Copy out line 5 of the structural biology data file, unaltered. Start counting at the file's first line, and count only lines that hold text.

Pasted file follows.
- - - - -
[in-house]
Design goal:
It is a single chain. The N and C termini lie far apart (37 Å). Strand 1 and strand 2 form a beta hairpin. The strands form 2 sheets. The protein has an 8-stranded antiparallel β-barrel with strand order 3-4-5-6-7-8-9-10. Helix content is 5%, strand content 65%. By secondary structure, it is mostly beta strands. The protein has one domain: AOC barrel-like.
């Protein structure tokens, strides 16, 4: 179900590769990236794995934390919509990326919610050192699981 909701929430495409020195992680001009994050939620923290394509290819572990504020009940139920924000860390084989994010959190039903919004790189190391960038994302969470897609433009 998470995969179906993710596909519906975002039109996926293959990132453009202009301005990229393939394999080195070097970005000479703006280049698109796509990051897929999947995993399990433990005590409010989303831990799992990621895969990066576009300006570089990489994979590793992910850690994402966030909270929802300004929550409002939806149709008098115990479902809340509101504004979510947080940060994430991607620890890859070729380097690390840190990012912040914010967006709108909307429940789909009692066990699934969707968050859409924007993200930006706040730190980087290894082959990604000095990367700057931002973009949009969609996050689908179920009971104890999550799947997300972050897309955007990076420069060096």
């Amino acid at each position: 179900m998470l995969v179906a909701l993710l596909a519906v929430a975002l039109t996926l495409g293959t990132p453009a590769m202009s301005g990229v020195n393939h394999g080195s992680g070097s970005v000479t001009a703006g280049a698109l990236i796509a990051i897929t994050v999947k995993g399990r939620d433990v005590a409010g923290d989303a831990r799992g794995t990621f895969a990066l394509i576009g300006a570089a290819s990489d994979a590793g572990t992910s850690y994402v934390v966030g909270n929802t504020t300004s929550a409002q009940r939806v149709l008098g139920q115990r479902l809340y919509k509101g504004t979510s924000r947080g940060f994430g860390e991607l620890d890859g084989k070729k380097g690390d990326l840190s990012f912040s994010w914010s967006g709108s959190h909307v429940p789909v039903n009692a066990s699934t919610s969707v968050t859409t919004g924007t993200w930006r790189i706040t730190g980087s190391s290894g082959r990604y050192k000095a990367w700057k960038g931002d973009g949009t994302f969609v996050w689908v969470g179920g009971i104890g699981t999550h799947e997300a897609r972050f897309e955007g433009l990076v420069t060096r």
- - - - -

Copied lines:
């Amino acid at each position: 179900m998470l995969v179906a909701l993710l596909a519906v929430a975002l039109t996926l495409g293959t990132p453009a590769m202009s301005g990229v020195n393939h394999g080195s992680g070097s970005v000479t001009a703006g280049a698109l990236i796509a990051i897929t994050v999947k995993g399990r939620d433990v005590a409010g923290d989303a831990r799992g794995t990621f895969a990066l394509i576009g300006a570089a290819s990489d994979a590793g572990t992910s850690y994402v934390v966030g909270n929802t504020t300004s929550a409002q009940r939806v149709l008098g139920q115990r479902l809340y919509k509101g504004t979510s924000r947080g940060f994430g860390e991607l620890d890859g084989k070729k380097g690390d990326l840190s990012f912040s994010w914010s967006g709108s959190h909307v429940p789909v039903n009692a066990s699934t919610s969707v968050t859409t919004g924007t993200w930006r790189i706040t730190g980087s190391s290894g082959r990604y050192k000095a990367w700057k960038g931002d973009g949009t994302f969609v996050w689908v969470g179920g009971i104890g699981t999550h799947e997300a897609r972050f897309e955007g433009l990076v420069t060096r």